Chad: And that’s a good quote from my coach, Dan Sullivan, who says the mind only sees and the ears only hear what the eyes are looking for.
Charan: Oh, I like that.
Chad: Essentially, you will find what you’re seeking. So if you’re going to seek division and negativity, there’s plenty of it. But if you’re going to see positive collaboration, opportunities, blessings and gratitude, then you’re going to find that as well.
Chad Willardson’s Advice to the Next Generation of Entrepreneurs
Charan: Yeah, absolutely. Well, let me ask you this, a kind of like a wrap up question, what would you give advice to the younger generation of entrepreneurs? Specifically those that aren’t exactly sure where their path is, because that’s kind of like where you were at, right? Where you weren’t exactly sure where you wanted to go.
Chad: I’d say to be successful, you need three things. You need to be doing something that you love, that you’re naturally good, at and that people value and they’ll pay for. So if you have two of those three things, it’s not enough. If I love to paint paintings and people are willing to pay lots of money for paintings, but I’m no good at it, it doesn’t work.
Charan: Doesn’t work.
Chad: You got to have all three. So, and by that same token, I see a lot of people who are good at what they do and they earn a lot of money, but they really don’t like it. And that’s not a winning formula for life. So I think figuring out what you’re good at and what you love to do and see where those intersect and see how you can essentially turn that into a business to where you can share those talents and gifts with people who are willing to pay for it. And discovering what you’re good at and what you really enjoy, that should be a fun journey. Should be a lot of experiments and testing. And everyone, I believe, has unique abilities and talents. And so it’s a matter of discovering those, igniting those, and then figuring out a way to essentially package that and give that to people who are looking for it.
Charan: Yeah. I love that. Those three things find something that you’re good, find something that you love and find something that you know people will want to buy. Right?
Chad: Exactly. Yep.
Charan: It’s interesting. I had a, I guess, he was a mentor to me for a little bit, but his name is Jake Eberts. He passed away, but he was Robert Redford’s producer. He would do a lot of these movies. His first movie he ever made was “Chariots of Fire” and I’m like, that’s insane, right? And so he had like this really beautiful home and everything. And one day he invited me in and we were just kind of chatting about life and whatnot, and we decided, as we were discussing things, he said, “Charan, I got to tell you, when it comes to making movies and stuff really find something that you really love. Don’t make a movie just because you’re going to make some money. Do it because you really love it, because it just takes so much of your life to make a movie.”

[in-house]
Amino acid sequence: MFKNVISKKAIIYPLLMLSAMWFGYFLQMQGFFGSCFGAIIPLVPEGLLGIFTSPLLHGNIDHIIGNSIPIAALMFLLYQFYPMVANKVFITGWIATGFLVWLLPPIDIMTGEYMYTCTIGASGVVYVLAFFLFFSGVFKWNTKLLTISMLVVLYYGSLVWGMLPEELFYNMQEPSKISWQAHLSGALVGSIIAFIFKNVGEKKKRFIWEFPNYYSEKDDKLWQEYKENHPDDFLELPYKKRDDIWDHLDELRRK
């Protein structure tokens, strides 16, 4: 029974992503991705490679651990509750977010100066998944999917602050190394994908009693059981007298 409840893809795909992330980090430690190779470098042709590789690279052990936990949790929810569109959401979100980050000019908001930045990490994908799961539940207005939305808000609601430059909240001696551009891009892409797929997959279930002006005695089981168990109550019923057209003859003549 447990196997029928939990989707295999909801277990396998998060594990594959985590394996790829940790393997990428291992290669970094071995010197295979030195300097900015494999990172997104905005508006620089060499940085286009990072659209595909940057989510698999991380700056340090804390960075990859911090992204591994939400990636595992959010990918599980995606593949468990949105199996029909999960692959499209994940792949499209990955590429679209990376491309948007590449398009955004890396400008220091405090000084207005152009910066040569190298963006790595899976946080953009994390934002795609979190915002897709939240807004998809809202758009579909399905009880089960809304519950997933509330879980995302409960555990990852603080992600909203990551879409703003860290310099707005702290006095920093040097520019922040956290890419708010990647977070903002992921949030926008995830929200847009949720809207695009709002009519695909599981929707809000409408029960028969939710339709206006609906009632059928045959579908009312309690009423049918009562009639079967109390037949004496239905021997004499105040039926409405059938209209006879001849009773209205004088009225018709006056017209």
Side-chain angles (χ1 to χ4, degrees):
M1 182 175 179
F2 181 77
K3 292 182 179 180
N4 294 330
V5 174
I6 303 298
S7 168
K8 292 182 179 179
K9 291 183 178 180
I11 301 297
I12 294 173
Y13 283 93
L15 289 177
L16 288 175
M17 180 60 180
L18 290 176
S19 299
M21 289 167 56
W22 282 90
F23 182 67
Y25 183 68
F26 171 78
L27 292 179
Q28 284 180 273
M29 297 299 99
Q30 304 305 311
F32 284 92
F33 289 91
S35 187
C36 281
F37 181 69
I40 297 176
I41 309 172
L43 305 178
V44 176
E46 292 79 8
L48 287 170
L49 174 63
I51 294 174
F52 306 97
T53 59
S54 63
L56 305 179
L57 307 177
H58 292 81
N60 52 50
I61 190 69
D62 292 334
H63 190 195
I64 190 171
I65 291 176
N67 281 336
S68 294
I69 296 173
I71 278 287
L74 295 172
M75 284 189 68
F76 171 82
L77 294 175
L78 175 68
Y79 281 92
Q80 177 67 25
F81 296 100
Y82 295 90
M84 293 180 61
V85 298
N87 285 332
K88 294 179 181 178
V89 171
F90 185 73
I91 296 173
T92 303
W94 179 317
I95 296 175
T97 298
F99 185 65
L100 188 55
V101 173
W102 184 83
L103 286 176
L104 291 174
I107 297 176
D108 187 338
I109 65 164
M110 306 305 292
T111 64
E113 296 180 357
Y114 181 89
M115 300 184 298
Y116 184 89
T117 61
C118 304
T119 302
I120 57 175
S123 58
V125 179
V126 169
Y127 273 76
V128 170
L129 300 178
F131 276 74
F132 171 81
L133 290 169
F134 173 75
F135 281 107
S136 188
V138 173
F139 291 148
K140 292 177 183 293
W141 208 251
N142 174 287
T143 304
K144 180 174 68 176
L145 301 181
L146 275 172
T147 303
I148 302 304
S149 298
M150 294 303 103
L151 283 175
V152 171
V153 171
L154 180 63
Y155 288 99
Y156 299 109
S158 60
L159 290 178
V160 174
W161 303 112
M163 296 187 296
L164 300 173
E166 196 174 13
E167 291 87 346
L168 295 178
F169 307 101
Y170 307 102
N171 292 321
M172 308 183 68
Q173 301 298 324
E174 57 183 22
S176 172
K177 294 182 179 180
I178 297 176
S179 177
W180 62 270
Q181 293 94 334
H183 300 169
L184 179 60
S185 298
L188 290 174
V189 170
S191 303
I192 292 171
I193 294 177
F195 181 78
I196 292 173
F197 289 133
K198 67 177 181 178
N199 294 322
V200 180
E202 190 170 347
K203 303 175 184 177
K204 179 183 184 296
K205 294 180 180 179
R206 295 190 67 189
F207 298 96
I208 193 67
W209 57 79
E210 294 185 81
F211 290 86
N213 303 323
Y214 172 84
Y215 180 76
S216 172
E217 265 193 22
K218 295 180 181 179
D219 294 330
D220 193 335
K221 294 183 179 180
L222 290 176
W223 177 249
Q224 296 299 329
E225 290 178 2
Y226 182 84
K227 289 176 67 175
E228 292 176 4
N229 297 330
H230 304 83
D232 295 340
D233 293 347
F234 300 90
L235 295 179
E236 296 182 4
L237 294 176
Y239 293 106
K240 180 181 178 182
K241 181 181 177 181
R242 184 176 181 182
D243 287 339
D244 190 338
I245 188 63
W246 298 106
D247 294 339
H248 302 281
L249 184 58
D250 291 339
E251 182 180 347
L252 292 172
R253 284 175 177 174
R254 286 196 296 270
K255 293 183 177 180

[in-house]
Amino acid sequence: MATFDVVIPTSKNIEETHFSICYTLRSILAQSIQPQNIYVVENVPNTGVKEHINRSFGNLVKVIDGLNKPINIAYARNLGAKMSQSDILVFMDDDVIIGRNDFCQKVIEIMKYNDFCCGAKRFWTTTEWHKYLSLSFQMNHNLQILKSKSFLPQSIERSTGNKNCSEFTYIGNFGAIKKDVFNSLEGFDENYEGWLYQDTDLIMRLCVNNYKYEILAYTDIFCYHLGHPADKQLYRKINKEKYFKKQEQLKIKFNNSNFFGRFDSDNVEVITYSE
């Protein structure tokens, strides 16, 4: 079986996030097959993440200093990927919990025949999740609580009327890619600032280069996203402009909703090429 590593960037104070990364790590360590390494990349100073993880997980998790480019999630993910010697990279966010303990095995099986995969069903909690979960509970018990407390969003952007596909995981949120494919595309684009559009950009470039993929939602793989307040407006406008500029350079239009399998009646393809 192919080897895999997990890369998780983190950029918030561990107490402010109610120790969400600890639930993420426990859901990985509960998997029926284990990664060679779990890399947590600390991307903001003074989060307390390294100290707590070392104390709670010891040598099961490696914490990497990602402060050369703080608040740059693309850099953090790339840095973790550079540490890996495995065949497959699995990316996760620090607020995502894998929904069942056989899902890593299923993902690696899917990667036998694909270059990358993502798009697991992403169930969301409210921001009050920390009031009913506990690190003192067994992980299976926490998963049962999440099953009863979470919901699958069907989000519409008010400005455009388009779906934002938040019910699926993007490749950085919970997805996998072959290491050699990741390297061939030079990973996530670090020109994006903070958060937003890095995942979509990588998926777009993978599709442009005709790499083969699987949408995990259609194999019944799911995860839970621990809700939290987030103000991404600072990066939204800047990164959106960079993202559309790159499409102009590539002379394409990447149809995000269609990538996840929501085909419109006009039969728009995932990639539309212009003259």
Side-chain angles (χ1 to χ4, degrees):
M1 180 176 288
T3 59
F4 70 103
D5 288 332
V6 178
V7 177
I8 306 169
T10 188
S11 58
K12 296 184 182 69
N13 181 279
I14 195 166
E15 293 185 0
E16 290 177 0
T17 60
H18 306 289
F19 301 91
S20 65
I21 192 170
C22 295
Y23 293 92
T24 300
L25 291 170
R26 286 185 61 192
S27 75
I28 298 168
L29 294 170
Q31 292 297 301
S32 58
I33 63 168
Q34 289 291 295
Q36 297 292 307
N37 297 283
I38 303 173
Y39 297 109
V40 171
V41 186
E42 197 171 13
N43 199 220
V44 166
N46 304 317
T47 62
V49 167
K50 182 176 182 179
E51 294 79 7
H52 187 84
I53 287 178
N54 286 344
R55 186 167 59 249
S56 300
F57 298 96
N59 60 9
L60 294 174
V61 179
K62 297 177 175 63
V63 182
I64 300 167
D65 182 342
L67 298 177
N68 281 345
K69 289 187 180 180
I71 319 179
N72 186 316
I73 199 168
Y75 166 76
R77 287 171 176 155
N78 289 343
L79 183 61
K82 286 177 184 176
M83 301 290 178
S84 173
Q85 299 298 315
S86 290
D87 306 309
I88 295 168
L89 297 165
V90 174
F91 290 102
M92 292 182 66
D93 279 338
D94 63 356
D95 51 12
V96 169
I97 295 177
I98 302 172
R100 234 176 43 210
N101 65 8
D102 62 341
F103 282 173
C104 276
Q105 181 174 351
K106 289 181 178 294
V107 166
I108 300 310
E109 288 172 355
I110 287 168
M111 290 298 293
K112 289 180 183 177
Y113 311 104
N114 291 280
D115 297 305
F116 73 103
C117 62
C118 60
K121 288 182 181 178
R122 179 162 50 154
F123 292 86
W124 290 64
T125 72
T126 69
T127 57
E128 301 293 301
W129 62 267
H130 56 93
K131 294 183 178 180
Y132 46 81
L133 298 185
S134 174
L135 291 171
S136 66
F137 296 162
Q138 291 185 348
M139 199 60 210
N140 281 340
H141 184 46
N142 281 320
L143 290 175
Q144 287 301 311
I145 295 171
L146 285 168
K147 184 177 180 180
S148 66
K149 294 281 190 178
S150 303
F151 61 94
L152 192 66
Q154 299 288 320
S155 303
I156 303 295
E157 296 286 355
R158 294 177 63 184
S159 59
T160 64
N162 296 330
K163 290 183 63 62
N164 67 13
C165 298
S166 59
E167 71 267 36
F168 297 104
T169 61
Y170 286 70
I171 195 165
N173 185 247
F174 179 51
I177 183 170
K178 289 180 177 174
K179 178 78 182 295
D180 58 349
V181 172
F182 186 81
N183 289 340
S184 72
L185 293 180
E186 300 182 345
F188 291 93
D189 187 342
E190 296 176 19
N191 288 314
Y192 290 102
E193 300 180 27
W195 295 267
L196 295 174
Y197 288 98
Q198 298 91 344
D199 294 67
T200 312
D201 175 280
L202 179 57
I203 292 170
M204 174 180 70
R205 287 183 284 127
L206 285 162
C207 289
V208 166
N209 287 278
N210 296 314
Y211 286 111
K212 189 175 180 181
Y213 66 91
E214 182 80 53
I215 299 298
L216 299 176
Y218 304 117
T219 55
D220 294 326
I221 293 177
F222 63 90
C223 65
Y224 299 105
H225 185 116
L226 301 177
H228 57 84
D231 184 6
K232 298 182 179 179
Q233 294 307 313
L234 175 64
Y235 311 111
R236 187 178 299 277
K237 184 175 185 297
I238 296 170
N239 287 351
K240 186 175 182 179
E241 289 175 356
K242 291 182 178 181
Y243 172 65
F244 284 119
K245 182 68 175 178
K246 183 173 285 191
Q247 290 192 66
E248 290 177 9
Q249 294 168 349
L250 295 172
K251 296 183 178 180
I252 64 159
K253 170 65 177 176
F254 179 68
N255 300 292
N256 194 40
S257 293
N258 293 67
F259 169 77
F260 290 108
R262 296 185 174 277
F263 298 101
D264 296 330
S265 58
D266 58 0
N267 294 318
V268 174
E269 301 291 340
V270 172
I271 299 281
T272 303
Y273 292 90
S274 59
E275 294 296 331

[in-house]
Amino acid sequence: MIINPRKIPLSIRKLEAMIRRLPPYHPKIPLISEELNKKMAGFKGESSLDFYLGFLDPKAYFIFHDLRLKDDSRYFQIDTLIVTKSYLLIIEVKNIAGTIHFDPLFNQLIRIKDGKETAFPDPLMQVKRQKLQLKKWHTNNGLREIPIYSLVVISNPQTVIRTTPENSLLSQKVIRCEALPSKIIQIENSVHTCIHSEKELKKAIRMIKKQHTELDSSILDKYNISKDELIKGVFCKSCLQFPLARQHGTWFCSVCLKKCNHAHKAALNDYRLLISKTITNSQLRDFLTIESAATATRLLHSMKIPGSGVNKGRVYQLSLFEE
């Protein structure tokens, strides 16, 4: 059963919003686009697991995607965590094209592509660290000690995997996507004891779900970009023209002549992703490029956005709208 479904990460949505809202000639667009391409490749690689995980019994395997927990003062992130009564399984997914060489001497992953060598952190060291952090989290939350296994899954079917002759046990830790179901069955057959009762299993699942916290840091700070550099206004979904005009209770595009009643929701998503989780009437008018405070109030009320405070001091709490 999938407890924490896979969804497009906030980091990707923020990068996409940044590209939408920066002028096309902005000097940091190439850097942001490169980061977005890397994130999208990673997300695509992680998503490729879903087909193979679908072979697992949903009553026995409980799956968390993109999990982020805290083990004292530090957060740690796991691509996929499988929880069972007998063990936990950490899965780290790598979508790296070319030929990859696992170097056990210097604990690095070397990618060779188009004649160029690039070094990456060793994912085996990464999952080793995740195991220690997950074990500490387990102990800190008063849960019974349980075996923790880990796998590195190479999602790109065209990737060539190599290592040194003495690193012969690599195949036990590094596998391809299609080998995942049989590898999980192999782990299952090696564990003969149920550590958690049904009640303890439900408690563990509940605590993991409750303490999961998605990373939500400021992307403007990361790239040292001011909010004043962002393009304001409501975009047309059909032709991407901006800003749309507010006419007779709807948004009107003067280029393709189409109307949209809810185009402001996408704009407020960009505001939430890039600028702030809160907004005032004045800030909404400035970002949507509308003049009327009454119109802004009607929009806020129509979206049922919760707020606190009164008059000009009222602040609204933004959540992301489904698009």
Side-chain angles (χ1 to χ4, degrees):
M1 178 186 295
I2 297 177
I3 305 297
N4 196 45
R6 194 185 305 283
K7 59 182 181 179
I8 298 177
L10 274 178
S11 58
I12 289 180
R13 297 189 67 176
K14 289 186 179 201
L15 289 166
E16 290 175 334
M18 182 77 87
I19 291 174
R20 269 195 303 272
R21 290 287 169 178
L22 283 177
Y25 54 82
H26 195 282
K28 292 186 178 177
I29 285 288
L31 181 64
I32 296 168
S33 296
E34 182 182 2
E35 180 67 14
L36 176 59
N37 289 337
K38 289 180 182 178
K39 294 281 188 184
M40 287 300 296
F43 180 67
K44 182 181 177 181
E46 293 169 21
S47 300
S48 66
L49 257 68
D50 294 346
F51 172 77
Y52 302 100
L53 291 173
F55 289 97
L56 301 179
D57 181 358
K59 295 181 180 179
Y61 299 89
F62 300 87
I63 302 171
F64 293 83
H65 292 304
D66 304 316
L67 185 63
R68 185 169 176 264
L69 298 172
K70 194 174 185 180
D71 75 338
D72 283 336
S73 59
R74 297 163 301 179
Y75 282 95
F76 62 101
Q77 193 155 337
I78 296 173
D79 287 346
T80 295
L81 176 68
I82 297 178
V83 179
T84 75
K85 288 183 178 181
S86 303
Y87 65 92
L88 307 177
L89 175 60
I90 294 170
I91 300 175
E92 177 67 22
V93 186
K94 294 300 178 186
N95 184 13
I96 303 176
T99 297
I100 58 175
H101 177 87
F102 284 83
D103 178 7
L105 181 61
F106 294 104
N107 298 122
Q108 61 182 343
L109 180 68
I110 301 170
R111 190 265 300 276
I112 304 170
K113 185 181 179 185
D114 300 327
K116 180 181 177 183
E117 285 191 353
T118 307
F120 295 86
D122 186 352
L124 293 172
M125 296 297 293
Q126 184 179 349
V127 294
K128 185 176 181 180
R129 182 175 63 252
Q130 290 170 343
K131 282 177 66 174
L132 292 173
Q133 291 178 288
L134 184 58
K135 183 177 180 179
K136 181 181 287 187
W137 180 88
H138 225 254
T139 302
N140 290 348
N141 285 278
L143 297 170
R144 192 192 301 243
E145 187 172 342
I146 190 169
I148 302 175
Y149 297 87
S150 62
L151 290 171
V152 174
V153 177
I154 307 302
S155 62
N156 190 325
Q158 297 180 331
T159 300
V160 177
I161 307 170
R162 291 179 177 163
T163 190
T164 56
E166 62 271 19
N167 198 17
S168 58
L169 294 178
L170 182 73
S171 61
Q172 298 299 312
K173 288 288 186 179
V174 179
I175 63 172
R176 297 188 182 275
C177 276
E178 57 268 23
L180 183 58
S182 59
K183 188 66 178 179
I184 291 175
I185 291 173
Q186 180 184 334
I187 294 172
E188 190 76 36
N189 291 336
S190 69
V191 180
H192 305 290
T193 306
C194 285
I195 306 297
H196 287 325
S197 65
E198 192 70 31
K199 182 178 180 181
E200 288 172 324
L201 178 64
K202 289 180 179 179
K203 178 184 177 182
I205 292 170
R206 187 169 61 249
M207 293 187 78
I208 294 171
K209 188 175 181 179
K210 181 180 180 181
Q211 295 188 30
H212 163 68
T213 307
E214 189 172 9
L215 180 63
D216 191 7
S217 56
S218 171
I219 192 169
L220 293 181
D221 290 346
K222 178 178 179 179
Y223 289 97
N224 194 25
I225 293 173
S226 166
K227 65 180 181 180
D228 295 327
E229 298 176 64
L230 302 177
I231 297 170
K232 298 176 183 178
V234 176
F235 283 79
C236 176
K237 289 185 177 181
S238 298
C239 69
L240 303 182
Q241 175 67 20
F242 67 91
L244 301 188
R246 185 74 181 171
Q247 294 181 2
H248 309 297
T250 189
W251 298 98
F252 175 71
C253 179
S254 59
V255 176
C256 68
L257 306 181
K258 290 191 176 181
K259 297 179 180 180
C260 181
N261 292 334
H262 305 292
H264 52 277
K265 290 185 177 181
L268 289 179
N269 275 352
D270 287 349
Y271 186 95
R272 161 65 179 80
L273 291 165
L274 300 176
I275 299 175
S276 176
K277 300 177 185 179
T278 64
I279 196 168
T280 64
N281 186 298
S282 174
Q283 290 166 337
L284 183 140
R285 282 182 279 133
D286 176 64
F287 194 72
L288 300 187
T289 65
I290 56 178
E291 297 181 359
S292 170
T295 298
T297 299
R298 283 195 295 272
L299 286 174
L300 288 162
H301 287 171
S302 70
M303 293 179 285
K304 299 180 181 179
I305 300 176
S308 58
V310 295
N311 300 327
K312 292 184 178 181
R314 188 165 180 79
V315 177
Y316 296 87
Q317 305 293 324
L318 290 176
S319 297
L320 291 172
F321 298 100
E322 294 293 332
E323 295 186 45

Charan: And he said his entire career he’s only made one movie where he was not passionate about it, you know? And he said it was just a miserable experience and it was a total failure. I’m like, oh shoot, that’s too bad. What was it? You know, I have to ask him. And he’s like, look, my kids wanted me to do it, so I did it, and it was “Mario Brothers.” I remember that movie back in the 90s.
Chad: Oh my gosh. That’s funny.
Charan: I remember that movie being terrible as a kid. I was like, oh man, I just didn’t really enjoy it. But he himself was just like, yeah, it wasn’t a good experience for him, unfortunately, because he wasn’t totally passionate behind it.
Chad: Yeah. If you’re not fully invested, it’s not going to turn out how it should.
Charan: Yeah, exactly. Absolutely. And I think that that same principle of maybe making movies or finding your path for you is so important that you do those things, that A) yeah, you are good at, that you love to do as well, because that love is what’s going to help carry you through the struggles.
Chad: Correct. Yep. Absolutely.
Charan: And then yeah, and find something that people will want to pay for, because I think that’s the big thing, right?
Charan: Well, Chad, I really appreciate you taking the time and chatting with me. Do you have any other last bits of words or bits of advice that you would like to give? Anything that you may have learned from mentors from your own past that have helped you?